- National Unity
- A Strong Central Government
- Minority Rights
- National Expansion
- Railways and Economic Development
- Cultural Nationalism
Immigration and Settlement in the West
The economic development of the western provinces and territories depended, in large part, on their settlement by immigrants [see Immigration and Settlement]. The population of Manitoba, the North-West Territories, and British Columbia doubled during the 1880s. In 1890 civil servant William Duncan SCOTT was put in charge of “Manitoba’s immigration program in central and eastern Canada”:
“He aggressively promoted the western province in Ontario, Quebec, and the Maritimes, as well as in Michigan, attending dozens of meetings of Farmers’ Institutes and farmers’ picnics. He had to persuade potential settlers that it was worth their while to purchase land in Manitoba, where free land was largely already taken, rather than seek free homesteads farther west, and also ‘that in settling in Manitoba they are not leaving civilization, but going into a country with all the advantages of churches, schools, roads, etc.’ When he met steamers in Halifax and Montreal, he had to counter propaganda amongst prospective immigrants to the effect that there was no work in Manitoba and that they ‘would freeze in winter.’”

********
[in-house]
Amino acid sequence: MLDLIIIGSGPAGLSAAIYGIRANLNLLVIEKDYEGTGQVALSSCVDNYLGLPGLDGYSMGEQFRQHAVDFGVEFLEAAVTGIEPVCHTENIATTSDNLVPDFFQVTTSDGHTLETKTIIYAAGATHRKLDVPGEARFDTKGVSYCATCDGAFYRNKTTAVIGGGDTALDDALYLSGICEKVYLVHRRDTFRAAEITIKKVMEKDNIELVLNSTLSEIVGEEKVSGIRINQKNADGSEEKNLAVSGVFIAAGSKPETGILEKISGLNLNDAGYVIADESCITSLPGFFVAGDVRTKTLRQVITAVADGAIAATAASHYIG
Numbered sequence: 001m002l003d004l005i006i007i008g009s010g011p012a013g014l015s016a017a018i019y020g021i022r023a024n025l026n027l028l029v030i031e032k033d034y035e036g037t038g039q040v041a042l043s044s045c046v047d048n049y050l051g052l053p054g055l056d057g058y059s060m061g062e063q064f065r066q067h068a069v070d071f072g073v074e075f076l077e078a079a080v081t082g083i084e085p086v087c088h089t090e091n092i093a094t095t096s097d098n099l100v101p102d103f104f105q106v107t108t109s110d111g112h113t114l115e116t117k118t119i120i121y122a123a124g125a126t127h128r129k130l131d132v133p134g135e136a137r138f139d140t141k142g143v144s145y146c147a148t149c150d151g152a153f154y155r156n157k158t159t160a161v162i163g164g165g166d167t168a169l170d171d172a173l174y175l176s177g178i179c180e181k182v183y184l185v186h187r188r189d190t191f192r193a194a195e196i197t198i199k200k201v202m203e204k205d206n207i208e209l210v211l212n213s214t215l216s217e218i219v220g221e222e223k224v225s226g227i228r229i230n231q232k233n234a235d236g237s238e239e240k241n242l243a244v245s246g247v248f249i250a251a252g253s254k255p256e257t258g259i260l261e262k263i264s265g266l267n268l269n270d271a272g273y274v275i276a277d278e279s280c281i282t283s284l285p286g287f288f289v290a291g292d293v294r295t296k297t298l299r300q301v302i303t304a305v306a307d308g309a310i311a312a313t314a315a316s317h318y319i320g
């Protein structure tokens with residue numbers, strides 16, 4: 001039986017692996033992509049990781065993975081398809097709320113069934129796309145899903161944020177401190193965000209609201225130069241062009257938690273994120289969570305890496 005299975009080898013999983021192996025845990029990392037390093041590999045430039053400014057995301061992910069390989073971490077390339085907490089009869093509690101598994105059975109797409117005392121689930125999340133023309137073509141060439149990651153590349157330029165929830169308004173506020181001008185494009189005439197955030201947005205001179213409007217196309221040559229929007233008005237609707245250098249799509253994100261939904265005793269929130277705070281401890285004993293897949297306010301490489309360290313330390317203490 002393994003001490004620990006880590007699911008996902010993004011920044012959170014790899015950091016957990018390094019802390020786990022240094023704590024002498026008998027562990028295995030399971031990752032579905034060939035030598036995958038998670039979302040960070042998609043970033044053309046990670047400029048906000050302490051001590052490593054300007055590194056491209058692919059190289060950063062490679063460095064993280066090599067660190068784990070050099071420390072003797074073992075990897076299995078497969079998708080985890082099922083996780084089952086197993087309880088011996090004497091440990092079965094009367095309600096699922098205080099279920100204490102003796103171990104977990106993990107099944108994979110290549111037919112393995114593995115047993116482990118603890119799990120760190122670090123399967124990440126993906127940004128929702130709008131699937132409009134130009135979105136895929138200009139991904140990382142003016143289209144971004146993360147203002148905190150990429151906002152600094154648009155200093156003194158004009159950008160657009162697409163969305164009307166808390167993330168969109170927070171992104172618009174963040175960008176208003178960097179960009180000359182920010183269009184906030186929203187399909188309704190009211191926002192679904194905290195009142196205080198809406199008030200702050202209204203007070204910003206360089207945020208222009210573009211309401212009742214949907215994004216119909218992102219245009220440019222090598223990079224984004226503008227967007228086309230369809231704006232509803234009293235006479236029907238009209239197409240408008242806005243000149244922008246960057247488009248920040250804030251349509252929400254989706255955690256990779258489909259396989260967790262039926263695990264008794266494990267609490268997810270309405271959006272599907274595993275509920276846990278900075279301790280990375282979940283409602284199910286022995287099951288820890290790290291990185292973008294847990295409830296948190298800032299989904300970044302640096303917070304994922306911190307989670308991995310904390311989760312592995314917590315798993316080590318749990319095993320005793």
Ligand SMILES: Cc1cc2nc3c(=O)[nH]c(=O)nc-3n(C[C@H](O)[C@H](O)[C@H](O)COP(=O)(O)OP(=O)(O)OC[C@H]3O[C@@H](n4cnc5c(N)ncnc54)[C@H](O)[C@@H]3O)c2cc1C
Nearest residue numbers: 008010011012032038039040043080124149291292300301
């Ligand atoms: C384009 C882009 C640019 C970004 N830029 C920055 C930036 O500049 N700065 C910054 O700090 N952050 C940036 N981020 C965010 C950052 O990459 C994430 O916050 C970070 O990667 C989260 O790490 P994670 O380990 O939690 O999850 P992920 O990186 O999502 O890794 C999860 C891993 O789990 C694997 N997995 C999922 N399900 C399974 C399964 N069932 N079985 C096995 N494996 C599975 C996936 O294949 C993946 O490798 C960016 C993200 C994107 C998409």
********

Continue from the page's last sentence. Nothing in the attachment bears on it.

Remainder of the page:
After winning the 1896 election, Prime Minister Wilfrid LAURIER and his minister of the interior, Clifford SIFTON, vigorously pursued policies that encouraged settlement in the region, as described by Laurier’s biographer [see Settlement of the West]:
“[Sifton] mounted a recruiting campaign of a kind not seen since confederation. Blacks, city folk, and a few other groups were excepted; everyone else was invited to come and build the west.… A different region gradually came into being, more individualistic, competitive, and cosmopolitan than the rest.”
Among the groups who were not invited were eastern and southern Europeans and the Chinese [see Xenophopia; and Chinese Migrants]. Canada’s policies, which welcomed selected immigrants to settle in the west, entailed the shoving aside of aboriginal peoples who had lived there for generations [see The Indian Act of 1876, Residential Schools, and Reservations; and Relations with Aboriginal Peoples]. Economic development would be accompanied by political and social unrest [see Thomas ENGLISH; James Hurst HAWTHORNTHWAITE].
For more information on immigration and settlement, consult the biographies in the following lists.